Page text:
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Male breast cancer is rare, less than 1% of cases submitted to the BreastSurgANZ Quality Audit (BQA). Recommendations on how to treat breast cancer are based on female breast cancer patients. This study found that treatment received by male patients was different than that received by female patients despite the recommendations being the same.
Male patients in this study were:
- older at diagnosis
- more likely to have hormone-receptor positive tumours (able to be treated with hormonal therapy)
- more likely to be lymph node-positive (cancer cells in the lymph nodes)
- more likely to have a mastectomy (removal of whole breast) over breast conserving surgery (removal of tumour and small amount of tissue around tumour)
These results are similar to results from studies in other countries.
National and international guidelines
Treatment for males followed five of the six BQA key performance indicator (KPI) recommendations for treatment, falling short on KPI 1 regarding referral for radiotherapy following breast conserving surgery.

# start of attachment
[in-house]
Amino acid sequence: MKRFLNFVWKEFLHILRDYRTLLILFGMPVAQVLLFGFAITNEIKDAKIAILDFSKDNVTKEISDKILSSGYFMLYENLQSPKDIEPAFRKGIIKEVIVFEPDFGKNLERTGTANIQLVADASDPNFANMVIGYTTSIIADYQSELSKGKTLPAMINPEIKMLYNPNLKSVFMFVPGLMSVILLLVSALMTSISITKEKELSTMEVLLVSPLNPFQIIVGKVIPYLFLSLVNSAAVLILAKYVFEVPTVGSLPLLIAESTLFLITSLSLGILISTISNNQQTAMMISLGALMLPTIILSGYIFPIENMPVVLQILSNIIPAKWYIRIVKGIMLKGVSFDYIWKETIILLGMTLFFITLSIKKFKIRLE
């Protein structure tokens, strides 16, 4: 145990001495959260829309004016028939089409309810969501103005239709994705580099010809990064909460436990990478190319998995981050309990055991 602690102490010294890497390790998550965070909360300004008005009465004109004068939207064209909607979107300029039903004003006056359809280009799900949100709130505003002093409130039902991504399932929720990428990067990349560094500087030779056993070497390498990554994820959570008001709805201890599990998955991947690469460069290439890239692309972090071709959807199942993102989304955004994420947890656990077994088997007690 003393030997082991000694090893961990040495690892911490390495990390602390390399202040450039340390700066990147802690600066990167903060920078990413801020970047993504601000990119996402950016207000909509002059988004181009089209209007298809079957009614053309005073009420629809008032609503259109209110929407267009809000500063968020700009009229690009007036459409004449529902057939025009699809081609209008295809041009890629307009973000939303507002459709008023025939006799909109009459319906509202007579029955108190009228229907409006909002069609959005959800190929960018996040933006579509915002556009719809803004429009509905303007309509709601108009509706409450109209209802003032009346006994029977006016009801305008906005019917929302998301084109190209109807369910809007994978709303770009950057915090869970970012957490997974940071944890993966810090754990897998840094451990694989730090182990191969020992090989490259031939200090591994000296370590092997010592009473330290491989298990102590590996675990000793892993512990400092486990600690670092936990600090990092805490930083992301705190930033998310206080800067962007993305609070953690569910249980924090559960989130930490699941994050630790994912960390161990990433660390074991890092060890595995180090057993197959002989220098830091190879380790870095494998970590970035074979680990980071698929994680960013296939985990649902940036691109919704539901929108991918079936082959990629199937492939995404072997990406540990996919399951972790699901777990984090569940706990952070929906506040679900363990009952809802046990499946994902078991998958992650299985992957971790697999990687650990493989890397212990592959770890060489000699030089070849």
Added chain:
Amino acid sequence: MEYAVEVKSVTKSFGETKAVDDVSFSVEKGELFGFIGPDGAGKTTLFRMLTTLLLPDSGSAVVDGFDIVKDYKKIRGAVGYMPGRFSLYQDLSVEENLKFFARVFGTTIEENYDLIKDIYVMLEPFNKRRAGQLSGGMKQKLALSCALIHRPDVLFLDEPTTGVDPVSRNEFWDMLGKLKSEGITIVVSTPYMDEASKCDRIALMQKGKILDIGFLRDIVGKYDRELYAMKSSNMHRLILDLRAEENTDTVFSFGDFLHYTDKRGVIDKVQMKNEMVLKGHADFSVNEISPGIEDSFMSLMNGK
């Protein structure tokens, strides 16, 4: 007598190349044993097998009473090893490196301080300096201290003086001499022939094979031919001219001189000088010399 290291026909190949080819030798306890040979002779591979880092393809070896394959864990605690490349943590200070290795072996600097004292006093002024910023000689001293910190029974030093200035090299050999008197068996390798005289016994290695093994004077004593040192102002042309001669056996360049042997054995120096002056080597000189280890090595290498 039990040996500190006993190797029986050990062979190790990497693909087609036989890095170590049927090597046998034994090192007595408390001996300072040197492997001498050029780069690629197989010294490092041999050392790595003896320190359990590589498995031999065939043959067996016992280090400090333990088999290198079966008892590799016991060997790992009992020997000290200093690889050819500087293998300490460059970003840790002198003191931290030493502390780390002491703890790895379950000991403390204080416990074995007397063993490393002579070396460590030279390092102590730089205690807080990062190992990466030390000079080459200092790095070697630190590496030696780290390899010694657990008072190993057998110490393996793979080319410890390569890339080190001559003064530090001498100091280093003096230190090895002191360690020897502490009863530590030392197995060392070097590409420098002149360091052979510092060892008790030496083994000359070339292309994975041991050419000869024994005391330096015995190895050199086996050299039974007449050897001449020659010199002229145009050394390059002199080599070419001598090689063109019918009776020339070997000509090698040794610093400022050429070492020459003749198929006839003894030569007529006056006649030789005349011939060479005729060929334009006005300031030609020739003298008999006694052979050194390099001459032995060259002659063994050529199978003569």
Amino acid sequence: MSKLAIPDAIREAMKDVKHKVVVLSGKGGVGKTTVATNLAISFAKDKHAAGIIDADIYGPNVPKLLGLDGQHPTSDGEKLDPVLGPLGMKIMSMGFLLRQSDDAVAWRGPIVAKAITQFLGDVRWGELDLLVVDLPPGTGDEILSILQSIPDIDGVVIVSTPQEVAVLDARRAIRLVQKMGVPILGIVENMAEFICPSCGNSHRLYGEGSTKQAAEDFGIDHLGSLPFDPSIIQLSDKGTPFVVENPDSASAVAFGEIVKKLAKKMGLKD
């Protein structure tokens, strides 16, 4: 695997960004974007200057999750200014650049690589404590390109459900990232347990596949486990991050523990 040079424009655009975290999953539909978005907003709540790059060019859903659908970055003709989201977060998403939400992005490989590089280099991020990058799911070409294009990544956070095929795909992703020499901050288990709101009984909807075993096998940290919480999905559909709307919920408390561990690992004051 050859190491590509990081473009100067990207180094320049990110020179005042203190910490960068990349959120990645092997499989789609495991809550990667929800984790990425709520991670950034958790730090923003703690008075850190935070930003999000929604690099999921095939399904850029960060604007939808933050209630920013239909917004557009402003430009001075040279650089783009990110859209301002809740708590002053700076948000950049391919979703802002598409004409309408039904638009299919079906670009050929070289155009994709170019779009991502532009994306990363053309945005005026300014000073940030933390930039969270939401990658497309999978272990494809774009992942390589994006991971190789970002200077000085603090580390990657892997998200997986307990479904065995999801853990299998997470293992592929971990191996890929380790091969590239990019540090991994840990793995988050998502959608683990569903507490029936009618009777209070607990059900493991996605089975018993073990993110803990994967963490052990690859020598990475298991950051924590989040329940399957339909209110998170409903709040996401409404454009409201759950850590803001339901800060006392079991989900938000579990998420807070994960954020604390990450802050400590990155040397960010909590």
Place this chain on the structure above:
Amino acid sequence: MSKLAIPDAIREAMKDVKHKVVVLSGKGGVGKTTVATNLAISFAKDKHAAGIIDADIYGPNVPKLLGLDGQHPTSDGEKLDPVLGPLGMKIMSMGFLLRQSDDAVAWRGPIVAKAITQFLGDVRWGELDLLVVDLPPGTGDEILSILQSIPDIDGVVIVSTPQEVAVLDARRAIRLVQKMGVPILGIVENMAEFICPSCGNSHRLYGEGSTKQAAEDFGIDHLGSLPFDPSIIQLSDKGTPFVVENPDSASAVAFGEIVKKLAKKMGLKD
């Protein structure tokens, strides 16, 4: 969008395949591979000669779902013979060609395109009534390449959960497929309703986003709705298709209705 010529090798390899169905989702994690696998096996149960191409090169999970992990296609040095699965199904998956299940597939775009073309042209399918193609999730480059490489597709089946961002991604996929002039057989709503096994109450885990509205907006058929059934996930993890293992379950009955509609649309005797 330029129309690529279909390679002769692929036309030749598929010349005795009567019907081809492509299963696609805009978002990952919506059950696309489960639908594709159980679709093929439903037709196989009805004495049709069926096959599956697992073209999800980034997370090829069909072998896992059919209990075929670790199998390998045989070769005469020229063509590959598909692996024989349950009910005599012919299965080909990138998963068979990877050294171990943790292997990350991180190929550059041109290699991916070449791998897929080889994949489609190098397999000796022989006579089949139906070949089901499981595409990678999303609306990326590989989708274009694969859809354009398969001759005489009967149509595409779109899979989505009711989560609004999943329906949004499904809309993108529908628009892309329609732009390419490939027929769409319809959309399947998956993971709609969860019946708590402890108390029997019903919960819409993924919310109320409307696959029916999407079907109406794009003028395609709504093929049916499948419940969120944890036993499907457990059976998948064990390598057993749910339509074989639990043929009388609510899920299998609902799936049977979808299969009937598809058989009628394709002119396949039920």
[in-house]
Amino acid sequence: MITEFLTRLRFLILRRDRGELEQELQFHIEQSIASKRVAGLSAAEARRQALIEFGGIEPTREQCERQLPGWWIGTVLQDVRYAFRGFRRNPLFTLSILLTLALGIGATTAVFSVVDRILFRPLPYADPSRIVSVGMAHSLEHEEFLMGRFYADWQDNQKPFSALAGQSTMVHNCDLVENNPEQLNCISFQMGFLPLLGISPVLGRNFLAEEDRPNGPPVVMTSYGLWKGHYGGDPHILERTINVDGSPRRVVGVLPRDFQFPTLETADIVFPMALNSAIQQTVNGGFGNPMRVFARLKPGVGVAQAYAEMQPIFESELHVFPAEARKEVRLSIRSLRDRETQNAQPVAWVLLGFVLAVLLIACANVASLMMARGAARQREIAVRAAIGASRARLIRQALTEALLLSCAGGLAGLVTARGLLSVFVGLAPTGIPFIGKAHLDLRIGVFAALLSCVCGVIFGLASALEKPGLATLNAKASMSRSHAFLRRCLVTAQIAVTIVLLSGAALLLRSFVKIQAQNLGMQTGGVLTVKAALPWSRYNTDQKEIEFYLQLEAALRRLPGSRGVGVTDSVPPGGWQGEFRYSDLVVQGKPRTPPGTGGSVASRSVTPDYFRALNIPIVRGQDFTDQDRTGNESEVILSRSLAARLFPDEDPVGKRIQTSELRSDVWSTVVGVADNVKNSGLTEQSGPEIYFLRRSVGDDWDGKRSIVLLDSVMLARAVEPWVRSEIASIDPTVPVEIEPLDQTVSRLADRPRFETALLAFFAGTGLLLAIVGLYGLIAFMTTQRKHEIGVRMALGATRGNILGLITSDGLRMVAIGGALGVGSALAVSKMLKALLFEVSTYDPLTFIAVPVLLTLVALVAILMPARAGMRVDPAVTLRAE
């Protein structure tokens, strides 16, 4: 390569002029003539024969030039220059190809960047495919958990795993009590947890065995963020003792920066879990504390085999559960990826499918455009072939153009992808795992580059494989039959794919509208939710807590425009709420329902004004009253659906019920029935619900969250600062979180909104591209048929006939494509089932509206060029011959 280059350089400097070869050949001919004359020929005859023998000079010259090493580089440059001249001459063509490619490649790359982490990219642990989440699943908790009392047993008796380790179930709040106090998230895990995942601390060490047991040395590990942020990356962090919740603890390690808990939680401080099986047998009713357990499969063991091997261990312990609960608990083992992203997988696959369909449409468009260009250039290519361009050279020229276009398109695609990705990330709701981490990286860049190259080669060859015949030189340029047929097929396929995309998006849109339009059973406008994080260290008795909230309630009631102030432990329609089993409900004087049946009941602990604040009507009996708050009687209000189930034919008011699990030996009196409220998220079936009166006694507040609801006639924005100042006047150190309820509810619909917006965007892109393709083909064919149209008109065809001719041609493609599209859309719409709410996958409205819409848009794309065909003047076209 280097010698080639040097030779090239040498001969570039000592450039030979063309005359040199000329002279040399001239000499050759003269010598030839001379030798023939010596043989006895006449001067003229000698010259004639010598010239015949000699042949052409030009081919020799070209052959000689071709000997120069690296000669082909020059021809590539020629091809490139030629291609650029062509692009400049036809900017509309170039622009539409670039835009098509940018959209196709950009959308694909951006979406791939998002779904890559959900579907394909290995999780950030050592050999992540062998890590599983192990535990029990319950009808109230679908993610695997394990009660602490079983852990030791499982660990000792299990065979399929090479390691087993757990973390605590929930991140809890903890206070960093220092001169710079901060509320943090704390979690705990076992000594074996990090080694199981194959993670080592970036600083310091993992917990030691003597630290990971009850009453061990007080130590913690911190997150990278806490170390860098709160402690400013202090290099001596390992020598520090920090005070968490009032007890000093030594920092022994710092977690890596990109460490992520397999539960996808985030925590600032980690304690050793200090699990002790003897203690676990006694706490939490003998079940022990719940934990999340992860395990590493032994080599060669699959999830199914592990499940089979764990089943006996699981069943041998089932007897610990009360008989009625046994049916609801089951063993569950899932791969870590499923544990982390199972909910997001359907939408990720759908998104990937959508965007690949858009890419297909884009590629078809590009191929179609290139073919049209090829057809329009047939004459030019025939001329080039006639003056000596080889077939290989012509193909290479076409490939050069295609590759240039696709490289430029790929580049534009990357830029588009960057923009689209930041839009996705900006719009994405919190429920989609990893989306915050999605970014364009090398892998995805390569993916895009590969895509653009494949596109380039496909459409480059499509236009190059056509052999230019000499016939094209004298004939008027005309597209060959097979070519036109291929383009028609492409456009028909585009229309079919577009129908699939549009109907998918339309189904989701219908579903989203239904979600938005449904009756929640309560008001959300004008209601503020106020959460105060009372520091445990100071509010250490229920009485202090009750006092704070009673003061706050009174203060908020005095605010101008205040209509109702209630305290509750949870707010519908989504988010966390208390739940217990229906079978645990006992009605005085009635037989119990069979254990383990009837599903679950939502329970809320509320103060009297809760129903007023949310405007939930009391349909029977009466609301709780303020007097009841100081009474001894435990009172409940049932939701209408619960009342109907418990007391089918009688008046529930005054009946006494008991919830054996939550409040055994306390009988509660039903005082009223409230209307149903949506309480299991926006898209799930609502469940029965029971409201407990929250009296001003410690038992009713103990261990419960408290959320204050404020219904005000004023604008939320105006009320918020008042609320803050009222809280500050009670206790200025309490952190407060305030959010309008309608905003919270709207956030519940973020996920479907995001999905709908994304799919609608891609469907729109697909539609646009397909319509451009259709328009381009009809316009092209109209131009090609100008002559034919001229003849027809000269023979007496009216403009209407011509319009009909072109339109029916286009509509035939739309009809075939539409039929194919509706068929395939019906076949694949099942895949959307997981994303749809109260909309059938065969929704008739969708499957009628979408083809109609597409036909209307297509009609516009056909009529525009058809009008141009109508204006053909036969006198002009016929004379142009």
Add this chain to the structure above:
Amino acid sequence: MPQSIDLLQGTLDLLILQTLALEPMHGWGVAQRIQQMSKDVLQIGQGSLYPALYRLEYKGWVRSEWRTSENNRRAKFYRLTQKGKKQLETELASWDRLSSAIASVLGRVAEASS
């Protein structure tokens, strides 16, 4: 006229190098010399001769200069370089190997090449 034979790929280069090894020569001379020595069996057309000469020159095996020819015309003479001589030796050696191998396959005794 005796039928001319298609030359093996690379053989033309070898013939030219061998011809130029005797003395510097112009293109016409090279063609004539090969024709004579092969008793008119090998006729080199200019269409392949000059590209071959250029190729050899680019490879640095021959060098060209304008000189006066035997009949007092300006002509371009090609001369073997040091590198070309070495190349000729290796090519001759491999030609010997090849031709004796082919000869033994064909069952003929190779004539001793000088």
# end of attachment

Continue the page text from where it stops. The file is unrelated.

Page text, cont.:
The low number of male patients made it difficult to compare treatment with National Comprehensive Cancer Network (NCCN) guidelines. The only group large enough for comparison was male patients with hormone receptor positive, HER-2 negative (HER2 is a protein which promotes growth of cancer cells), lymph node-positive disease. These patients were less likely to be referred for treatment in line with the NCCN guidelines than females in the same grouping.
The authors of this study recommend:
- male patients be discussed in multidisciplinary meetings (where a range of health professionals discuss treatment plans)
- the risks and benefits of treatment options be discussed, specific to the individual patient
- referral to medical centres that treat higher numbers of breast cancer cases be considered if the patient is diagnosed at a centre which treats comparatively low numbers